• Maurice Blackburn Lawyers’ Senior Associate Claire Gibbs, who is acting for Daniel Love and Brendan Thoms. (NITV News )Source: NITV News
Gunggarri man Brendan Thoms, who spent more than 500 days in immigration detention is seeking $4.1 million in damages from the Federal Government over its bid to have him deported.
By
Keira Jenkins

Source:
NITV News
16 Sep 2020 - 5:42 PM  UPDATED 17 Sep 2020 - 9:18 AM

Two Aboriginal men, who were held in immigration detention are suing the Australian government over its unlawful bid to deport them.

Gunggarri man Brendan Thoms spent 500 days in immigration detention. He was released after a landmark High Court ruling in February, and is seeking $4.1 million in damages.

While Kamilaroi man Daniel Love, who spent 49 days in immigration detention, launched a case seeking compensation in October last year.

He is seeking $390,000 in damages.

The Federal Government sought to deport both men on character grounds, after they both served jail sentences.

The men's lawyer Claire Gibbs, a senior associate at Maurice Blackburn Lawyers, told NITV News that their action is about holding the government accountable.

"Brendan still finds it hard to sleep; that whole time he didn't know if it was going to be the night that he got tapped on the shoulder and deported," she said.

"The government was put on notice very early on that these were Aboriginal men.

"So we're holding the government accountable for their decision to unlawfully detain them. This was a very serious infringement on their human rights."

'Should never have happened'

Mr Thoms was born in New Zealand. He lived in Australia from the age of six but never became a citizen.

Mr Thoms said in a statement that he could never get the days he was locked up in detention back, but "the memories of those dark days will live with me forever".

"Every day in immigration detention I feared it could be my last day in Australia," the statement said.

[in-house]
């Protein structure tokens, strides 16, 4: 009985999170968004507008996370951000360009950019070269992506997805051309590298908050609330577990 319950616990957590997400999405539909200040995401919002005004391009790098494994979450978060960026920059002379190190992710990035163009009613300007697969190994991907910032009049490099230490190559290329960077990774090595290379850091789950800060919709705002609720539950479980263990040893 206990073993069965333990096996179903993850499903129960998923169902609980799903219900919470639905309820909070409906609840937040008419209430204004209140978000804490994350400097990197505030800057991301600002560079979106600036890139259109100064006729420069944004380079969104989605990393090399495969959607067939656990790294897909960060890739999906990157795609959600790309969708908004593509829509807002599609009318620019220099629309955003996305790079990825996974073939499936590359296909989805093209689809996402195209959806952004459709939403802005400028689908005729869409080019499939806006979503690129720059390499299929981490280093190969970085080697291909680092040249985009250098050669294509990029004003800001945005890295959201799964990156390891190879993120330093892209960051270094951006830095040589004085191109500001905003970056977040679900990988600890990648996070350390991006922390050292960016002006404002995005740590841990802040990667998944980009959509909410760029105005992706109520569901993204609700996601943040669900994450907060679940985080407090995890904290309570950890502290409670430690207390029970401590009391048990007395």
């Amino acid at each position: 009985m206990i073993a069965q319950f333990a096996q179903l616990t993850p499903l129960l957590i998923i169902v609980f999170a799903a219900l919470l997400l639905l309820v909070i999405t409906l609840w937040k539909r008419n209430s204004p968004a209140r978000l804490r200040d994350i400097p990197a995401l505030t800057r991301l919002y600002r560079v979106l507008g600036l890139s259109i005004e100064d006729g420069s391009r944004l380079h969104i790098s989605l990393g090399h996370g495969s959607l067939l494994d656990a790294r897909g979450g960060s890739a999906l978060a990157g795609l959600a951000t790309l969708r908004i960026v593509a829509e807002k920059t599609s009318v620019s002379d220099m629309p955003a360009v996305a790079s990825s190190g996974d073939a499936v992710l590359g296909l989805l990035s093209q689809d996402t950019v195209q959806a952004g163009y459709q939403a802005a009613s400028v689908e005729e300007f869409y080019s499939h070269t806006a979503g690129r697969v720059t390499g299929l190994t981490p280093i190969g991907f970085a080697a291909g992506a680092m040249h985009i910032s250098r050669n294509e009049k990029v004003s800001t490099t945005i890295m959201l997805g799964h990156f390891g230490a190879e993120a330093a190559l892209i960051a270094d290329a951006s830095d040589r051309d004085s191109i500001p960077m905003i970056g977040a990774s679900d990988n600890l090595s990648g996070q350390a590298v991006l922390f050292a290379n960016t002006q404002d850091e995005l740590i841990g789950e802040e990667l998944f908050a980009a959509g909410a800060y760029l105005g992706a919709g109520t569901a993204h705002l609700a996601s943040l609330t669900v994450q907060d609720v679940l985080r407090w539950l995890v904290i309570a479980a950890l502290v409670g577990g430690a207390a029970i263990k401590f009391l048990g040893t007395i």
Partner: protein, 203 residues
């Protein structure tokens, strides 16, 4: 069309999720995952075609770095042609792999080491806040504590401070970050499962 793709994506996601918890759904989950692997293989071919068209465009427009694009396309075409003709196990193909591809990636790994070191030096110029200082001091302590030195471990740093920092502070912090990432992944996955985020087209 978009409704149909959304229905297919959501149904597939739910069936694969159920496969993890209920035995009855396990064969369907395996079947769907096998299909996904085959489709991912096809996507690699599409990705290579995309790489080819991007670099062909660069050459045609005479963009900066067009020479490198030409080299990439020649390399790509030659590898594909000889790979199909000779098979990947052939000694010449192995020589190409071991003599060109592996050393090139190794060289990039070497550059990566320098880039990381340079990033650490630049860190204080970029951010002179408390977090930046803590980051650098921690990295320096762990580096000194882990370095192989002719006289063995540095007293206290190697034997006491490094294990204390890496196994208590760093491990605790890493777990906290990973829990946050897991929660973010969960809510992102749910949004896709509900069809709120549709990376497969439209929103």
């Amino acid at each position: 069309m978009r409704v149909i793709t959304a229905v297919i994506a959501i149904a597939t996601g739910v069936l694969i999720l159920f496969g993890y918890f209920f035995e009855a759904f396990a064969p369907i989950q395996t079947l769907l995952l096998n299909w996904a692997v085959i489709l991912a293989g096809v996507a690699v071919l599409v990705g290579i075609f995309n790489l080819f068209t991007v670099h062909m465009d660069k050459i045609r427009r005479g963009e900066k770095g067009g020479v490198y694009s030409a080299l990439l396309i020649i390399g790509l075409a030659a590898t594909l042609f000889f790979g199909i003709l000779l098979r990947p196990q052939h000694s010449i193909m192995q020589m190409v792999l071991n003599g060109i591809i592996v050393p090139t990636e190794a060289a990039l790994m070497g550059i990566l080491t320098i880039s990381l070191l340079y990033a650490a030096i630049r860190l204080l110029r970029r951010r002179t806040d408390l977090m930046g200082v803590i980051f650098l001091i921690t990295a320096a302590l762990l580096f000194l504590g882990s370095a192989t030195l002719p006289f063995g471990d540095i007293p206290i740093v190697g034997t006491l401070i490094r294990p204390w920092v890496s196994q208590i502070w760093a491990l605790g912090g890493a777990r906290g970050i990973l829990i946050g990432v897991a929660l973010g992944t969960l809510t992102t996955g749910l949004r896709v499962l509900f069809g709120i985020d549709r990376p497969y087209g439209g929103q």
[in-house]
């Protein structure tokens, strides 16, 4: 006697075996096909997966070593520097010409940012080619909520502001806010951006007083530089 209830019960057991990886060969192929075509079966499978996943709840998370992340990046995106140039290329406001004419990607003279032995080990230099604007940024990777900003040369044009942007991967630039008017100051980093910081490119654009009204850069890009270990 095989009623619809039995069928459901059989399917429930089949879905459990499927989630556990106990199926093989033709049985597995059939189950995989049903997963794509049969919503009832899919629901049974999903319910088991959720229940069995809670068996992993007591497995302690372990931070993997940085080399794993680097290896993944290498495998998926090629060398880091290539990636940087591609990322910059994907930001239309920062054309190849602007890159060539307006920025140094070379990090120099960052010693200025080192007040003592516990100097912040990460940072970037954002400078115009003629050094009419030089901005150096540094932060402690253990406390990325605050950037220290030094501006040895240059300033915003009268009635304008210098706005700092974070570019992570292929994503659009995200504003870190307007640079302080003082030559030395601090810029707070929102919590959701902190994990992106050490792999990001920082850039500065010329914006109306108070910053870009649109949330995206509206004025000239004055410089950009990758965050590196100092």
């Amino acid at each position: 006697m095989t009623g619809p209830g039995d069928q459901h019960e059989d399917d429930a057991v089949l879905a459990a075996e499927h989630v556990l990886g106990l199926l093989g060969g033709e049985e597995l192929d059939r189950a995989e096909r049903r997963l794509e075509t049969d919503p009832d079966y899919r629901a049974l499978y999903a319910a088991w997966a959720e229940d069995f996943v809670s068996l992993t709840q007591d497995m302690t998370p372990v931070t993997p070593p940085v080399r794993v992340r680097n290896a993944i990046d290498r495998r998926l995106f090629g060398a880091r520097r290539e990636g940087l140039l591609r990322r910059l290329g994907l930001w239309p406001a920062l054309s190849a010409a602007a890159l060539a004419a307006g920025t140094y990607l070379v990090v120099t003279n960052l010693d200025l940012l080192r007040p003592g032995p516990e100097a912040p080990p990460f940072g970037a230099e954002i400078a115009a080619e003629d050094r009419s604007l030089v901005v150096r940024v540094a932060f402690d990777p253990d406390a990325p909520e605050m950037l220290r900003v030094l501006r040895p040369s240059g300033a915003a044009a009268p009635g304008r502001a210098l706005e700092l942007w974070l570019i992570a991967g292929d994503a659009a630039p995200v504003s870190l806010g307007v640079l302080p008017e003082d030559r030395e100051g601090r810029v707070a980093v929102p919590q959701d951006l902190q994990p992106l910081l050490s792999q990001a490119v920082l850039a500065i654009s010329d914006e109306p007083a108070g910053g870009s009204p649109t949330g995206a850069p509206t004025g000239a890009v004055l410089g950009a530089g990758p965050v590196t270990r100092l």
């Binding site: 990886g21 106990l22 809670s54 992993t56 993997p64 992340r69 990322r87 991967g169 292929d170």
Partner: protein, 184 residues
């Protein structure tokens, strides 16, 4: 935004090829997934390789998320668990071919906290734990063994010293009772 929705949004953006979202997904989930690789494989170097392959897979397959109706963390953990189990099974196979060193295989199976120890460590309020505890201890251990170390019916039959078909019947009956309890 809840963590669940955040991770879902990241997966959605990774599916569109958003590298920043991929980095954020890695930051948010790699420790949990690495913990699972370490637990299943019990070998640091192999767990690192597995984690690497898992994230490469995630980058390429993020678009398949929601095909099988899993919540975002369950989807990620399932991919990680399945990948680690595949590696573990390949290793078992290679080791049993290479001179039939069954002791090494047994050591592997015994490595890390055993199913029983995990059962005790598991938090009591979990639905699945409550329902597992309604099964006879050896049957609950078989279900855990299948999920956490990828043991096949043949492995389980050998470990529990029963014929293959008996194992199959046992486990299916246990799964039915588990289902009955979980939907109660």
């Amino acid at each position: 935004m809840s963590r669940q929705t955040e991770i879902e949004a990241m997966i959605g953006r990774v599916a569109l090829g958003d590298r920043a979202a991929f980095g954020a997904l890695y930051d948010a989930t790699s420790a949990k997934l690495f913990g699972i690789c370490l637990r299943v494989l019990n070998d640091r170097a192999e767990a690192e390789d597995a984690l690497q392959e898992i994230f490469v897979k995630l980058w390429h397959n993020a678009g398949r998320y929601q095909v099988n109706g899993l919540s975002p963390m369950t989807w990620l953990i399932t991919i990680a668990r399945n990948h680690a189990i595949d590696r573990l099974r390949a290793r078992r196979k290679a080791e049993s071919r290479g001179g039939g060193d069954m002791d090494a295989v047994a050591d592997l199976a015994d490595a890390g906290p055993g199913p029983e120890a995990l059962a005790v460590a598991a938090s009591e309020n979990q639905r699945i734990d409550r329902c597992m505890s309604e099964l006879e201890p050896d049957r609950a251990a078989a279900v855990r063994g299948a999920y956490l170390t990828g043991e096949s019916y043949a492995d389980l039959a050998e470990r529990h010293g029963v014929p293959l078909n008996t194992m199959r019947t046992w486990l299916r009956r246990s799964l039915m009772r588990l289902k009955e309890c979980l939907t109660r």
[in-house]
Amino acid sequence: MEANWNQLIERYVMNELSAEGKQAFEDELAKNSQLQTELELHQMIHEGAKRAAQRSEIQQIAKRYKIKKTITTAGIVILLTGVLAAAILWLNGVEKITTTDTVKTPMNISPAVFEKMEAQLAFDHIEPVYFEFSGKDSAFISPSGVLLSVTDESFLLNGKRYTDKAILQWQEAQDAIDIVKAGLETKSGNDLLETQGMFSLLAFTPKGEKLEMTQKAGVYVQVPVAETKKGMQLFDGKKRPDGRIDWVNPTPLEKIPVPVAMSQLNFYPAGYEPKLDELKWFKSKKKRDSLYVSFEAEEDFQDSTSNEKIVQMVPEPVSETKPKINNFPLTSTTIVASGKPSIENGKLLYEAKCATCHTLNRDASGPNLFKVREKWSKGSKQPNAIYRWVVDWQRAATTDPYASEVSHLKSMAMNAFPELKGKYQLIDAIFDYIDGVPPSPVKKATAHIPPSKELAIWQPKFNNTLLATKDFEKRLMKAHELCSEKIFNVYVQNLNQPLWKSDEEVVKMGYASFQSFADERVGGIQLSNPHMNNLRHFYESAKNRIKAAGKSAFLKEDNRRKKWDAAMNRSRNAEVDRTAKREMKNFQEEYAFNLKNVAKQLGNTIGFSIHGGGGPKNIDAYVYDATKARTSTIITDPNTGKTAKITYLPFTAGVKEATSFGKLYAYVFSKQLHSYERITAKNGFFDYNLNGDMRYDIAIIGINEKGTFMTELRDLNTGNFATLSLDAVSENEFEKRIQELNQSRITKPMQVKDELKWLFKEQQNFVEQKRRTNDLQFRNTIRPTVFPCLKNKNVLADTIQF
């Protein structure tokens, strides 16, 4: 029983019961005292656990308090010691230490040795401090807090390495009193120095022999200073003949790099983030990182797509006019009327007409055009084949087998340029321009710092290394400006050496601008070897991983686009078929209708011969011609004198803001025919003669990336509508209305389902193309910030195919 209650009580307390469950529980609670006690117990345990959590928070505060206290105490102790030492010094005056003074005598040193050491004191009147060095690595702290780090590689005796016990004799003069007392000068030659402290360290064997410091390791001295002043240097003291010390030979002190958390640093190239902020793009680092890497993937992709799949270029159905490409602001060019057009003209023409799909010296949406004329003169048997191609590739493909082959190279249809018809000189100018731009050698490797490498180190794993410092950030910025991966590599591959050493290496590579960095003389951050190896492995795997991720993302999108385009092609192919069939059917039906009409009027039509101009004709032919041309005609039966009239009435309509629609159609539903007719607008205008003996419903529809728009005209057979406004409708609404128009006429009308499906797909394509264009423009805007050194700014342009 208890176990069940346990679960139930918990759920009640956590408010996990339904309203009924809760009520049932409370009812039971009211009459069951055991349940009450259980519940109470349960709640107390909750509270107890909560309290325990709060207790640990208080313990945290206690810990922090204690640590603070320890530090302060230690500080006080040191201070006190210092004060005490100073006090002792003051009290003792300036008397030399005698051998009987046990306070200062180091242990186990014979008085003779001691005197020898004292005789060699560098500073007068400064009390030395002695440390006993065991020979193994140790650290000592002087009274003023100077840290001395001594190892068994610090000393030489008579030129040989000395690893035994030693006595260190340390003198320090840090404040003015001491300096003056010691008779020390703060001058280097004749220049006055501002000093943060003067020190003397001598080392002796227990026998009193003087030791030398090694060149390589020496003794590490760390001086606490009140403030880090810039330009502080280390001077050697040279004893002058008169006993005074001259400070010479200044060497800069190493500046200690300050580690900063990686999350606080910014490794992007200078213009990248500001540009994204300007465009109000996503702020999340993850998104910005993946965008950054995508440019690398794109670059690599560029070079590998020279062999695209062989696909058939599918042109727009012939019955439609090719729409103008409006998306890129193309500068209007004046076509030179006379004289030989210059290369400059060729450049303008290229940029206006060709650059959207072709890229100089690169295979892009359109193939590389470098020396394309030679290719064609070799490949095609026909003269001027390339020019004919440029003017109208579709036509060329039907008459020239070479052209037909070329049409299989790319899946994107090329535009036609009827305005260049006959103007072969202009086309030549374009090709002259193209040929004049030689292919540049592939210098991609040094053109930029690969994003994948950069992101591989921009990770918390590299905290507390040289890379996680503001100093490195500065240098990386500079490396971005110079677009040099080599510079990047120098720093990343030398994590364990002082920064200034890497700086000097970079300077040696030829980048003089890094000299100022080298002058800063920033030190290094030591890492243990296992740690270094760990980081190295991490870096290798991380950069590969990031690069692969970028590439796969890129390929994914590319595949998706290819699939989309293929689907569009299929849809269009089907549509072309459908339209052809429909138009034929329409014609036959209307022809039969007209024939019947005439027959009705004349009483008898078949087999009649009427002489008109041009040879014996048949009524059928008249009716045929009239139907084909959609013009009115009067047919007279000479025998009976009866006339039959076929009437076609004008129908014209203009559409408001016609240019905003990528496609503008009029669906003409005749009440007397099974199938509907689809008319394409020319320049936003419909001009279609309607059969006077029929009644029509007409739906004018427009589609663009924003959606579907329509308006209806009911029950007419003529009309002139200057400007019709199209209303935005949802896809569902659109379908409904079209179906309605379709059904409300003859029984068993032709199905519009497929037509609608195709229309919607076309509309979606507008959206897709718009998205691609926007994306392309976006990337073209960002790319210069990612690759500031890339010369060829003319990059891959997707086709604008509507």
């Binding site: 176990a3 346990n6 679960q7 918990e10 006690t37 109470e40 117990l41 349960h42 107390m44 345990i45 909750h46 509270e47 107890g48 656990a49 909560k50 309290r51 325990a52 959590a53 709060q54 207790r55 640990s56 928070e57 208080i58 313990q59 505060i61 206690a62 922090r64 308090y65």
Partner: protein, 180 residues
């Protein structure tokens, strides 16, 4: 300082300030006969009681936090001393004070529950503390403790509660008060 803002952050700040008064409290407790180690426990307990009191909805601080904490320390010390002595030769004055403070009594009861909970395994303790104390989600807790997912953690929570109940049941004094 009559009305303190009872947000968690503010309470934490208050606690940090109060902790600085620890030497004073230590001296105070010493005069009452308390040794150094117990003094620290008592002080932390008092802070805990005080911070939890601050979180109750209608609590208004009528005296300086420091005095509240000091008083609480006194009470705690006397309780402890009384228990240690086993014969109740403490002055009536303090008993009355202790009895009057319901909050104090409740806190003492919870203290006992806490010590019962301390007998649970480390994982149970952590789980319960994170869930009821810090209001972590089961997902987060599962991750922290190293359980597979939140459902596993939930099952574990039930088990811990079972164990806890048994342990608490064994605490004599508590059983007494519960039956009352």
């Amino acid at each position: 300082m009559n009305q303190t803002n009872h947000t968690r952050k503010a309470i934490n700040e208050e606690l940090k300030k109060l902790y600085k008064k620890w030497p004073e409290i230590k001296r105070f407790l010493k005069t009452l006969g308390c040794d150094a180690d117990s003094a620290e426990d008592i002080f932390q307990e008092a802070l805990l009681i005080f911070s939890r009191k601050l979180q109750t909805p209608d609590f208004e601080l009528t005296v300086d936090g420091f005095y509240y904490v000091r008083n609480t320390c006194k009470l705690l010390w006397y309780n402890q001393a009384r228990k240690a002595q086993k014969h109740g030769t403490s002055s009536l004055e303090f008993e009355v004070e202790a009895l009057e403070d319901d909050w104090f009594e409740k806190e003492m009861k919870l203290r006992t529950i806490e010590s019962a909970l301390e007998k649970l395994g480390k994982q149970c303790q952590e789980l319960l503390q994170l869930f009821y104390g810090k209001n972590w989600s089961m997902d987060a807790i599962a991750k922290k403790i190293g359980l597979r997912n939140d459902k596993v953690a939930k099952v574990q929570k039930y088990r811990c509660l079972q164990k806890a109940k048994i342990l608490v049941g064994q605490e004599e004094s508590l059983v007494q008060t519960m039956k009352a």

"I was scared I would be tapped on the shoulder in the middle of the night and put on a plane or a boat out of the country.

"I was scared I wouldn’t see my family again, or get to watch my boy grow up. What happened to me should never have happened.

"This case is about justice for me and my family."

Mr Love was born in Papua New Guinea but has also lived in Australia since childhood.

In February's High Court ruling the judges did not reach agreement on whether Mr Love was an Aboriginal man.

The Federal Court will now make a ruling on his ancestry.

Ms Gibbs said it had been "offensive" for Mr Love and his family to have his identity questioned in court.

"Daniel can trace his ancestry on one side of his family, on the other side he can trace to his great grandmother, who was removed as part of the Stolen Generations," she said.

"It was government policies that were responsible for her removal and now it is the government that is now questioning Daniel's identity because of it."

Ms Gibbs said the next steps are for the government to concede that Mr Love is an Aboriginal man, then to be 'held accountable for the wrongful imprisonment' of Mr Love and Mr Thoms. 

"It may go to another hearing," she said.

"But what I hope is that the government will engage in meaningful discussions on this."

Our rightful place, but foundational issues remain unresolved
OPINION: The case of Love and Thoms played out in the High Court on Wednesday intersects with our foundational issues that speak to belonging and community – the unresolved tension of the Australian nation’s relationship with this continent's First Nations.